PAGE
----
Partnership Litigation

What types of claims are most frequently made in Partnership Disputes?

Frequently partners or members of business entities sue partners for breach of fiduciary duty, breach of contract, fraud, and misappropriation. This is often accompanied by accusations that controlling partners or members have engaged in self-dealing by funneling funds and contracts to themselves personally or to other companies they control individually.

I found my partner is an investor in businesses that compete with the company we own together. Can I do anything about it?

General partners owe one another a duty of care and a duty of loyalty. This is generally construed to require the partners to avoid competing with the partnership and two allow the partnership the first opportunity to undertake any business opportunity within its scope of activity. Limited partners, however, do not owe these duties.  Although the Texas Limited Liability Company Act does not clarify the extent of the fiduciary liabilities of managers or other persons controlling limited liability companies, practitioners generally assume that they have fiduciary duties on par with those of corporate directors and officers and general partners.

I want to launch a business that competes with my former partner after we separate business assets, can I do this? Do I need to tell my former partner about it?

Although you will no longer owe a duty of loyalty to your former partner after separating, there is the possibility that your partnership or company agreement or business separation agreements contains a non-compete clause that may prevent you from competing with your former partner. You should review all agreements very carefully.

I just found out my partner was stealing form the business. How long do I have to bring suit against her?

Generally, you have four years to bring a cause of action for a breach of fiduciary duty, a breach of contract, and for a partnership accounting from the date of the relevant legal injury. However, the “discovery rule” or the “fraudulent concealment” doctrine may apply to lengthen the time period you have to bring suit. Unless you have reason to know of the complained of conduct or you would have discovered the conduct in the exercise of reasonable diligence, then it is likely you may still be able to bring suit on actions of which you only recently learned.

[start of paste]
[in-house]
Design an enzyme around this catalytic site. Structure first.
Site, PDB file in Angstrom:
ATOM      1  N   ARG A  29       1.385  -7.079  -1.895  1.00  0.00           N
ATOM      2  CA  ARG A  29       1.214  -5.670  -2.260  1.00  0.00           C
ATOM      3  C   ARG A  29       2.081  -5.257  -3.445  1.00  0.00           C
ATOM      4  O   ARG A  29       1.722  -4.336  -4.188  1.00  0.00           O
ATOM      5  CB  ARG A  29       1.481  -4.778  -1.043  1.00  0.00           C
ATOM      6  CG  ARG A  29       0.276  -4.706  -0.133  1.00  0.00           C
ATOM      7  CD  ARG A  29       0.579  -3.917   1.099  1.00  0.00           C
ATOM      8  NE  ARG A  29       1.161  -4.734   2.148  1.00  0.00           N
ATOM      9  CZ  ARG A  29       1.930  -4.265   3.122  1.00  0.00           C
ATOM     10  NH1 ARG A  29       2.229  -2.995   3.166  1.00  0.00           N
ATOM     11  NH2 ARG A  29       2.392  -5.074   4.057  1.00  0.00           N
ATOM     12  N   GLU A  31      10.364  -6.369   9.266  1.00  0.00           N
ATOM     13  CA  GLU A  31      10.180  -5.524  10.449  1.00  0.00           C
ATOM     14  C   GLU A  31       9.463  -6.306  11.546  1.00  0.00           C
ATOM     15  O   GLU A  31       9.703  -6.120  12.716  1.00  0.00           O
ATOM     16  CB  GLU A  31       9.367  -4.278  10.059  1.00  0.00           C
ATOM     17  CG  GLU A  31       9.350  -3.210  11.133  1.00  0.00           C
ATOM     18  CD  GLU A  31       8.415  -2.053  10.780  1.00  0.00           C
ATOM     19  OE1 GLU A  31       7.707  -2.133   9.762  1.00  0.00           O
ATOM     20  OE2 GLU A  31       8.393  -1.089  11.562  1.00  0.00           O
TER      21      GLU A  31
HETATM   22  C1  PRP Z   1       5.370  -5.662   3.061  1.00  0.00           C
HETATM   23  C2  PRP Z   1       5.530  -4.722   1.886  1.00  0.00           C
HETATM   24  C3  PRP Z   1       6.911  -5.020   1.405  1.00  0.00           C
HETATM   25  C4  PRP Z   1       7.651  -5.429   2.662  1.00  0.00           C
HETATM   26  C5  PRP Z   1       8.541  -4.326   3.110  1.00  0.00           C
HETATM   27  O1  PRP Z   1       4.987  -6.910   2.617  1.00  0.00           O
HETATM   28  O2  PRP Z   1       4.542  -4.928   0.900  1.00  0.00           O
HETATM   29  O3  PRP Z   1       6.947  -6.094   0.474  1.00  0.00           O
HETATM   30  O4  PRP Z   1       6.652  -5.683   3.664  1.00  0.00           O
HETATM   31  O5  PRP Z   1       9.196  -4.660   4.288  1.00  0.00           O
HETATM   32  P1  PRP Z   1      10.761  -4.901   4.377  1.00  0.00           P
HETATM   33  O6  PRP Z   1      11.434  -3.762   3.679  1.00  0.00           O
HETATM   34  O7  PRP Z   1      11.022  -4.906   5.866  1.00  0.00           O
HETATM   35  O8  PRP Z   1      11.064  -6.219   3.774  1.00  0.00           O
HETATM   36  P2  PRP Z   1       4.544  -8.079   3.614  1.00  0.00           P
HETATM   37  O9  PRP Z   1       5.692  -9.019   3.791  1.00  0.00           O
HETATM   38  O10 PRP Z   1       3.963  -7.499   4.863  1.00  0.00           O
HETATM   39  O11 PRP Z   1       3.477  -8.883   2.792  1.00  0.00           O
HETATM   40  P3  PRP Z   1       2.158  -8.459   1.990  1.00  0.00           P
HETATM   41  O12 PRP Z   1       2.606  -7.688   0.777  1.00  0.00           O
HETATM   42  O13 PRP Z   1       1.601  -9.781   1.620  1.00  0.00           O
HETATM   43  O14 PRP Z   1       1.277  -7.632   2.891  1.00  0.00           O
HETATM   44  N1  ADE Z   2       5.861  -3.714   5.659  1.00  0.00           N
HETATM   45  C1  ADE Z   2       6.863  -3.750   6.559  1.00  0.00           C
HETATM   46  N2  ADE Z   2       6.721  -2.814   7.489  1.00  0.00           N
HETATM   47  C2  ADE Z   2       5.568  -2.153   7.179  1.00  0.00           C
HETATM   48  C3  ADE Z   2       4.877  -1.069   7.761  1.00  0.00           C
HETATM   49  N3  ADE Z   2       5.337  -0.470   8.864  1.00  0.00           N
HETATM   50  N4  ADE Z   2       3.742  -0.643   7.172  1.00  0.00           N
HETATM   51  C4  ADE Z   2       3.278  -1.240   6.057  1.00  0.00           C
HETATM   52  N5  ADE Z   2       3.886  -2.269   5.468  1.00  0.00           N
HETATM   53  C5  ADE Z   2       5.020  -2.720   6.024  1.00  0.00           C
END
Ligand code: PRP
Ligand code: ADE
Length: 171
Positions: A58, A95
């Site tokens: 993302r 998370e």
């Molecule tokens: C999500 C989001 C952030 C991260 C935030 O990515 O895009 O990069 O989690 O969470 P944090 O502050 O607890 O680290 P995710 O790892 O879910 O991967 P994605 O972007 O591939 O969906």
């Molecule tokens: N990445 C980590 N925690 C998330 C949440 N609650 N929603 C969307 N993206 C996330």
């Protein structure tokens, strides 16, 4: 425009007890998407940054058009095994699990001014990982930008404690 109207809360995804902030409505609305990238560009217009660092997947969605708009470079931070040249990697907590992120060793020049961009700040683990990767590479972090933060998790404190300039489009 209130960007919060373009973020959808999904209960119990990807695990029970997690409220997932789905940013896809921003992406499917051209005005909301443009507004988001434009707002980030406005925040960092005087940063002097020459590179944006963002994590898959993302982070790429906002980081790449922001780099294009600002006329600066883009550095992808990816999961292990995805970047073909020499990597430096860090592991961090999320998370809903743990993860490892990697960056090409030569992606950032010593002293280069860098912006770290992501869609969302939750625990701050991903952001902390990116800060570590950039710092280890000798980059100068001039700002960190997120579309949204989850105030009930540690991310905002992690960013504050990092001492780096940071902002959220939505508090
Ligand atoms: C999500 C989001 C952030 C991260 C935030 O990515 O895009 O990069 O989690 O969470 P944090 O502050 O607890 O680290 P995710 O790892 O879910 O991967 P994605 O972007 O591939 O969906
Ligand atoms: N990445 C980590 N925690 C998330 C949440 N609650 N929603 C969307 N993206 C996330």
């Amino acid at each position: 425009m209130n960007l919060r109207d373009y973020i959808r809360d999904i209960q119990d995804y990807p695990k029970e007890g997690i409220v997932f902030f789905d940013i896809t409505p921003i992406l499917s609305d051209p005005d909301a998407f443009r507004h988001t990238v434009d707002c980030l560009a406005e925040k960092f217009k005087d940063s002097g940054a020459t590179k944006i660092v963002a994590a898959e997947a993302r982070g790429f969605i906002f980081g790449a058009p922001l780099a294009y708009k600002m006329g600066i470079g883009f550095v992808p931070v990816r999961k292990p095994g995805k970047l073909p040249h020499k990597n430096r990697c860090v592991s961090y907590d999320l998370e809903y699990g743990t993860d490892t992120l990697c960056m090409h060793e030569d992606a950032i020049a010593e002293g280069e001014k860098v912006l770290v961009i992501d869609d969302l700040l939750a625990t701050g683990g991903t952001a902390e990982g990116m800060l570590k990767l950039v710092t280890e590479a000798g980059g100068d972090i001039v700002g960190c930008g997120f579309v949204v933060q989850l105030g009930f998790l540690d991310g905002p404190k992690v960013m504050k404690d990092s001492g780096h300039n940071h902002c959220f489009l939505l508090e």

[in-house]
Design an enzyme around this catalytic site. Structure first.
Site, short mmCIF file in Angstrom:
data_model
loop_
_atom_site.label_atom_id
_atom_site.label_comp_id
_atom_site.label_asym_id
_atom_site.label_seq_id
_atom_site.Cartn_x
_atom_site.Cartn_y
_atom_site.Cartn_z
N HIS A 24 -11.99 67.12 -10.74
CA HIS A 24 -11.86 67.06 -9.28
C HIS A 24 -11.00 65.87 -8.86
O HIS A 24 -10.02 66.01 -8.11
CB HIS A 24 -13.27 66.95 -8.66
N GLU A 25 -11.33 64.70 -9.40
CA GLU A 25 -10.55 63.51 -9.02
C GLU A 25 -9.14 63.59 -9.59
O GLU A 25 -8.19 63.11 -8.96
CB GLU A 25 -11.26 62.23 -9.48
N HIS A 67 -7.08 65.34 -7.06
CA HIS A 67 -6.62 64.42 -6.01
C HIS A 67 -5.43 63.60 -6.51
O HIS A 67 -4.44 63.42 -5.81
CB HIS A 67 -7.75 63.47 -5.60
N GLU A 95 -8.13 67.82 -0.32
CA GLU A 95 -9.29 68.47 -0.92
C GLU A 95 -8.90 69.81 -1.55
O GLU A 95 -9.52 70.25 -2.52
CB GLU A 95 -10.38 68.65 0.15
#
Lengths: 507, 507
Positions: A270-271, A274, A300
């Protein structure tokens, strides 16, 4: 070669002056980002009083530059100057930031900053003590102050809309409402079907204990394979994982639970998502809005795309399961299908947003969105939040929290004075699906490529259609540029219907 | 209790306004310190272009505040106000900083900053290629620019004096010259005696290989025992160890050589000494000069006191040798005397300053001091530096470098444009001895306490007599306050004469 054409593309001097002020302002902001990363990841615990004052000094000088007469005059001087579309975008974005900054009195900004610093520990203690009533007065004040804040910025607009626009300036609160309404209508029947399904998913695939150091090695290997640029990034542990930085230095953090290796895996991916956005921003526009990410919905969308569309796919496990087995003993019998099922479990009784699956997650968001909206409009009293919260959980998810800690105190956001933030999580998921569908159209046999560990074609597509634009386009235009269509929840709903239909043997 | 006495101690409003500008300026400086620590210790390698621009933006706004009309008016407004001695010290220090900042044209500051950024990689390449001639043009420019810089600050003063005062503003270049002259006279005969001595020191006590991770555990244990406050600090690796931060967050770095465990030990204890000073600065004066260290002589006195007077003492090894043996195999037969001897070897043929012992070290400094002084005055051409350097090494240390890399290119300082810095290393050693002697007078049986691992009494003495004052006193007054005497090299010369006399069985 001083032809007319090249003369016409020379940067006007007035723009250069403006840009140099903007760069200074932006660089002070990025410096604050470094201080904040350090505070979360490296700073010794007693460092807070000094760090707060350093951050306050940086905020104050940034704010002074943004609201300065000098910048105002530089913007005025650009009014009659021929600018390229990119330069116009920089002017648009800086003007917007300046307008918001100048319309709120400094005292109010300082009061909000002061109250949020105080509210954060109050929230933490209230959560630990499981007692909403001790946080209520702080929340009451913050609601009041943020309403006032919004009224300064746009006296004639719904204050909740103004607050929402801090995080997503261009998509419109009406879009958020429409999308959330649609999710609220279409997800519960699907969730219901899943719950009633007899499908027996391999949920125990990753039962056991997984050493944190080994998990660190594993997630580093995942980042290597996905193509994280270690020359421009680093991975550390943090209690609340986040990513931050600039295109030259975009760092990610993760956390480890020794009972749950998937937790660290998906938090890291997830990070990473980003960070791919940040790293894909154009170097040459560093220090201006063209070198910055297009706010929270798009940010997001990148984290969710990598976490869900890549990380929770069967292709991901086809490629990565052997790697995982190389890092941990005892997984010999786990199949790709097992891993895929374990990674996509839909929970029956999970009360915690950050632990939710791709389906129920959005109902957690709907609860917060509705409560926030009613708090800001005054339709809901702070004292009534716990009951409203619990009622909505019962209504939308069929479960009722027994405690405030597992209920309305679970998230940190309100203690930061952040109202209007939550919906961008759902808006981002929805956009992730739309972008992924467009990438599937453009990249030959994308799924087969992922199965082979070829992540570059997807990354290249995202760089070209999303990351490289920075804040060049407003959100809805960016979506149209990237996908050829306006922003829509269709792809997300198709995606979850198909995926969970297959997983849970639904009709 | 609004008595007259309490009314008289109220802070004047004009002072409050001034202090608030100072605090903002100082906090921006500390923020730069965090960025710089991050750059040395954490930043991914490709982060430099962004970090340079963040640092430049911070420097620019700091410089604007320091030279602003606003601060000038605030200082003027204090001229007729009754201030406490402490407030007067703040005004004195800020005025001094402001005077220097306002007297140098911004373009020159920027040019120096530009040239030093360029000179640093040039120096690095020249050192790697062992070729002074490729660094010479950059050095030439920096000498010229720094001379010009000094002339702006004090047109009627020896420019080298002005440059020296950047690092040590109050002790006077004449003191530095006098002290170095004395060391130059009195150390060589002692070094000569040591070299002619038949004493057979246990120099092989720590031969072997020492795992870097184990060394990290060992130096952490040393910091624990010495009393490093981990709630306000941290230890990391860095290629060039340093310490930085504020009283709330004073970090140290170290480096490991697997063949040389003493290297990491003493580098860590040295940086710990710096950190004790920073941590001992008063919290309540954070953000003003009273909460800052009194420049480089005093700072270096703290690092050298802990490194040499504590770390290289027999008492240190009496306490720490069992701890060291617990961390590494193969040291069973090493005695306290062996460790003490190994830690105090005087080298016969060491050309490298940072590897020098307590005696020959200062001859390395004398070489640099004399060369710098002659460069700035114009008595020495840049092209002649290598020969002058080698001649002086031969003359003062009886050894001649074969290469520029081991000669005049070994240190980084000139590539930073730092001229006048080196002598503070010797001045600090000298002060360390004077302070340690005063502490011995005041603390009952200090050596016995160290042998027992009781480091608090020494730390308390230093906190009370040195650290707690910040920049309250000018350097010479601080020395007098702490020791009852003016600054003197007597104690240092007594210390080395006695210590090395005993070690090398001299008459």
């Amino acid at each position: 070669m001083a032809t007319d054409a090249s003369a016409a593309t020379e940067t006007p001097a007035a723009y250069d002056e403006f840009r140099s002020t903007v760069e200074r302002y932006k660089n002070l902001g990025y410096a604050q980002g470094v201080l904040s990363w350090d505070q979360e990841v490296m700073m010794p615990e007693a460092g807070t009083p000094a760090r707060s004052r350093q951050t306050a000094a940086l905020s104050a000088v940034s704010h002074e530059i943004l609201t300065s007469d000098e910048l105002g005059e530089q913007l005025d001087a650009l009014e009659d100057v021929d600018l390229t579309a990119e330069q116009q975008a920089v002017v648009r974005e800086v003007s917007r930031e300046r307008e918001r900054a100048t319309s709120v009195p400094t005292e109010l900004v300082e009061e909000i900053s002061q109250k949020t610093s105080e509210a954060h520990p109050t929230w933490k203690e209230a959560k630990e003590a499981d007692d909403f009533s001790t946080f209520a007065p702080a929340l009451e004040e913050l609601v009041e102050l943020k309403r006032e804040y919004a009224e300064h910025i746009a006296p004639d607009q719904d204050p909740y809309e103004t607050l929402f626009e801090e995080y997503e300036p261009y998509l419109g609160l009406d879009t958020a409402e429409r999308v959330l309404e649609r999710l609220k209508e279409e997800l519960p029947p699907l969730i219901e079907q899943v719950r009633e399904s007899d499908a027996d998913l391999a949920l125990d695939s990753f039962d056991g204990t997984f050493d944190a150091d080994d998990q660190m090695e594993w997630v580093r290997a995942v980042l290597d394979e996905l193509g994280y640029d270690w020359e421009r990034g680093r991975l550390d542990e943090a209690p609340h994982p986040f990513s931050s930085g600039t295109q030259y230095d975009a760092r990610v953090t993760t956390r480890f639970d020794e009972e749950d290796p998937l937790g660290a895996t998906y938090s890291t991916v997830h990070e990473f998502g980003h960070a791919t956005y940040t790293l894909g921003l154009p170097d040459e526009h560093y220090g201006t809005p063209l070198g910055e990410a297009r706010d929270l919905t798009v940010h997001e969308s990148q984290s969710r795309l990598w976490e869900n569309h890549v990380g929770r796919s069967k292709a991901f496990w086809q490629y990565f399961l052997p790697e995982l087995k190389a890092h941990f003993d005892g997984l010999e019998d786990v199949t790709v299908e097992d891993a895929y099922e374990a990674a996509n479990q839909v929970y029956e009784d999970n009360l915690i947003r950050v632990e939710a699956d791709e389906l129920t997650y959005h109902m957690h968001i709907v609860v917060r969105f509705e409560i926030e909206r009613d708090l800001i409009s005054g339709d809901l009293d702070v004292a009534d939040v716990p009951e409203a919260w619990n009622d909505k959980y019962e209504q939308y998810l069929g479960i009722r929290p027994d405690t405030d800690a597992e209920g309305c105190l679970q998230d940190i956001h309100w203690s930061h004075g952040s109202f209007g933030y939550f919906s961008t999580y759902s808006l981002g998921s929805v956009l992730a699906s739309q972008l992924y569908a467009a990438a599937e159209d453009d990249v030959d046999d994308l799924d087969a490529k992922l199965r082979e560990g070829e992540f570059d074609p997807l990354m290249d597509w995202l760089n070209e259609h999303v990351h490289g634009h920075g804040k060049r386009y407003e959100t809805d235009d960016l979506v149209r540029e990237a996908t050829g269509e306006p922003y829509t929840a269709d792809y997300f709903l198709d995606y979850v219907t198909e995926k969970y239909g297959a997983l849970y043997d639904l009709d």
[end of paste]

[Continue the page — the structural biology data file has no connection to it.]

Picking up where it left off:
Can I withdraw from the partnership and receive payment for my equity?

The Business Organizations Code provides to partners in a general partnership a default right to withdraw the fair value of their investment from a partnership. Typically, limited partners, members in LLCs, and shareholders in close company are limited in their ability to convert their business interests into liquidity as they have no right of withdrawal. However, Texas law allows for these provisions to be liberally modified by contract.

In what circumstances can I seek dissolution of an entity in which I am an owner?

Under Section 11.314 of the Texas Business Organizations Code, if the entity is a Texas partnership or limited liability company, on application by an owner a district judge may order winding up and termination of a partnership if:

  1. The economic purpose of the entity is likely to be unreasonably frustrated;
  2. Another owner has engaged in conduct relating to the entity’s business that makes it not reasonably practicable to carry on the business with that owner; or
  3. It is not reasonably practicable to carry on the entity’s business in conformity with its governing documents.

This statute could apply to several situations, including ones in which owners of equal stakes in a business cannot agree on a future course of conduct or plan for the business.

What are my rights as an owner or member of a Texas entity to seek appointment of a receiver to control or liquidate an entity?

First, a court may appoint a rehabilitative receiver under Section 11.404 of the Texas Business Organizations Code, upon compliance with other requirements and, only if:

  1. the entity is insolvent or in imminent danger of insolvency;
  2. the governing persons of the entity are deadlocked in the management of the entity’s affairs, the owners or members of the entity are unable to break the deadlock, and irreparable injury to the entity is being suffered or is threatened because of the deadlock;
  3. the actions of the governing persons of the entity are illegal, oppressive, or fraudulent;
  4. the property of the entity is being misapplied or wasted; or
  5. with respect to a for-profit corporation, the shareholders of the entity are deadlocked in voting power and have failed, for a period of at least two years, to elect successors to the governing persons of the entity whose terms have expired or would have expired on the election and qualification of their successors;

Under Section 11.405 of the Texas Business Organizations Code, a partial owner of a business may seek liquidation only if the entity is in receivership and that the court des not find that any plan to rehabilitate the entity is feasible before the first anniversary of the receiver’s appointment. Further a court may only do so if all other legal and equitable remedies are inadequate and the circumstances demand liquidation to avoid damages to interested persons.